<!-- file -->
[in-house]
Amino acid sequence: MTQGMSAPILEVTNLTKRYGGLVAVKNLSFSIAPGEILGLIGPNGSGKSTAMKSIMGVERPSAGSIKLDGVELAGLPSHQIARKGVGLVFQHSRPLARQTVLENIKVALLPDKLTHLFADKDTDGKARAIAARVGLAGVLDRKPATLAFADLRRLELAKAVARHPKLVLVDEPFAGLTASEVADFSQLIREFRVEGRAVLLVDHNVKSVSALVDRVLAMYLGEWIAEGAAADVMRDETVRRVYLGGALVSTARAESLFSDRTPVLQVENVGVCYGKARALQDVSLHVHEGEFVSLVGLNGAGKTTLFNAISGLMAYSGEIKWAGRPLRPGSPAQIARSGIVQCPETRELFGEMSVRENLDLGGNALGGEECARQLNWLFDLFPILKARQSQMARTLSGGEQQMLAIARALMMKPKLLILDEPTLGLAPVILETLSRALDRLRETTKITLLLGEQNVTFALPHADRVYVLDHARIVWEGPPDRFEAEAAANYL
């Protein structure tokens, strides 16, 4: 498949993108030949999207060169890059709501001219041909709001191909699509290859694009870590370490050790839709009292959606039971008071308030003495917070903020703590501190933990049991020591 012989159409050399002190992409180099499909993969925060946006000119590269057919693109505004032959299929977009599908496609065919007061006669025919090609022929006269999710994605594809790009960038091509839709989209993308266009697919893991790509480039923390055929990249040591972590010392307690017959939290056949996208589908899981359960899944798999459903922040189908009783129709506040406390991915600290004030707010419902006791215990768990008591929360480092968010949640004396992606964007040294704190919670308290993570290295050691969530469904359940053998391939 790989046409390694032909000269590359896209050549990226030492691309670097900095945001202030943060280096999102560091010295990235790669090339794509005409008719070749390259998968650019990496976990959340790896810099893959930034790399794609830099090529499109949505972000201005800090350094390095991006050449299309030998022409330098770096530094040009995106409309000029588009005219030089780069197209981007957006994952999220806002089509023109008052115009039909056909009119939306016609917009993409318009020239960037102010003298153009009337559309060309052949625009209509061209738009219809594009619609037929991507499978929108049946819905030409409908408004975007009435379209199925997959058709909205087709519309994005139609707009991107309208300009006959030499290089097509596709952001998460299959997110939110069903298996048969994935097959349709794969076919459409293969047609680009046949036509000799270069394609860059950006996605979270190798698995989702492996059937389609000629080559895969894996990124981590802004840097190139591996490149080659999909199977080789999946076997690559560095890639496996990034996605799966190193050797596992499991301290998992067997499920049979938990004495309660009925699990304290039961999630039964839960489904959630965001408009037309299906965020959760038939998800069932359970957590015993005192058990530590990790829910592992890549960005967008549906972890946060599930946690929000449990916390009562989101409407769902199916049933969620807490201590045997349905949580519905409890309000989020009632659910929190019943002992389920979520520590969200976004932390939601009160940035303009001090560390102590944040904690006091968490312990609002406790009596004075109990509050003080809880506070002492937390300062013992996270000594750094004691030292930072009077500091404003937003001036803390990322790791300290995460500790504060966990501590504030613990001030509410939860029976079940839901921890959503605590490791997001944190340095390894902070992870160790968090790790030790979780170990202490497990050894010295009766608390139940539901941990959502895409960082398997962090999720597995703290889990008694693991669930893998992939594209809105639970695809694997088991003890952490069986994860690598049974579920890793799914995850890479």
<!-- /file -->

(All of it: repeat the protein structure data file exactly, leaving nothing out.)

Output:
[in-house]
Amino acid sequence: MTQGMSAPILEVTNLTKRYGGLVAVKNLSFSIAPGEILGLIGPNGSGKSTAMKSIMGVERPSAGSIKLDGVELAGLPSHQIARKGVGLVFQHSRPLARQTVLENIKVALLPDKLTHLFADKDTDGKARAIAARVGLAGVLDRKPATLAFADLRRLELAKAVARHPKLVLVDEPFAGLTASEVADFSQLIREFRVEGRAVLLVDHNVKSVSALVDRVLAMYLGEWIAEGAAADVMRDETVRRVYLGGALVSTARAESLFSDRTPVLQVENVGVCYGKARALQDVSLHVHEGEFVSLVGLNGAGKTTLFNAISGLMAYSGEIKWAGRPLRPGSPAQIARSGIVQCPETRELFGEMSVRENLDLGGNALGGEECARQLNWLFDLFPILKARQSQMARTLSGGEQQMLAIARALMMKPKLLILDEPTLGLAPVILETLSRALDRLRETTKITLLLGEQNVTFALPHADRVYVLDHARIVWEGPPDRFEAEAAANYL
């Protein structure tokens, strides 16, 4: 498949993108030949999207060169890059709501001219041909709001191909699509290859694009870590370490050790839709009292959606039971008071308030003495917070903020703590501190933990049991020591 012989159409050399002190992409180099499909993969925060946006000119590269057919693109505004032959299929977009599908496609065919007061006669025919090609022929006269999710994605594809790009960038091509839709989209993308266009697919893991790509480039923390055929990249040591972590010392307690017959939290056949996208589908899981359960899944798999459903922040189908009783129709506040406390991915600290004030707010419902006791215990768990008591929360480092968010949640004396992606964007040294704190919670308290993570290295050691969530469904359940053998391939 790989046409390694032909000269590359896209050549990226030492691309670097900095945001202030943060280096999102560091010295990235790669090339794509005409008719070749390259998968650019990496976990959340790896810099893959930034790399794609830099090529499109949505972000201005800090350094390095991006050449299309030998022409330098770096530094040009995106409309000029588009005219030089780069197209981007957006994952999220806002089509023109008052115009039909056909009119939306016609917009993409318009020239960037102010003298153009009337559309060309052949625009209509061209738009219809594009619609037929991507499978929108049946819905030409409908408004975007009435379209199925997959058709909205087709519309994005139609707009991107309208300009006959030499290089097509596709952001998460299959997110939110069903298996048969994935097959349709794969076919459409293969047609680009046949036509000799270069394609860059950006996605979270190798698995989702492996059937389609000629080559895969894996990124981590802004840097190139591996490149080659999909199977080789999946076997690559560095890639496996990034996605799966190193050797596992499991301290998992067997499920049979938990004495309660009925699990304290039961999630039964839960489904959630965001408009037309299906965020959760038939998800069932359970957590015993005192058990530590990790829910592992890549960005967008549906972890946060599930946690929000449990916390009562989101409407769902199916049933969620807490201590045997349905949580519905409890309000989020009632659910929190019943002992389920979520520590969200976004932390939601009160940035303009001090560390102590944040904690006091968490312990609002406790009596004075109990509050003080809880506070002492937390300062013992996270000594750094004691030292930072009077500091404003937003001036803390990322790791300290995460500790504060966990501590504030613990001030509410939860029976079940839901921890959503605590490791997001944190340095390894902070992870160790968090790790030790979780170990202490497990050894010295009766608390139940539901941990959502895409960082398997962090999720597995703290889990008694693991669930893998992939594209809105639970695809694997088991003890952490069986994860690598049974579920890793799914995850890479």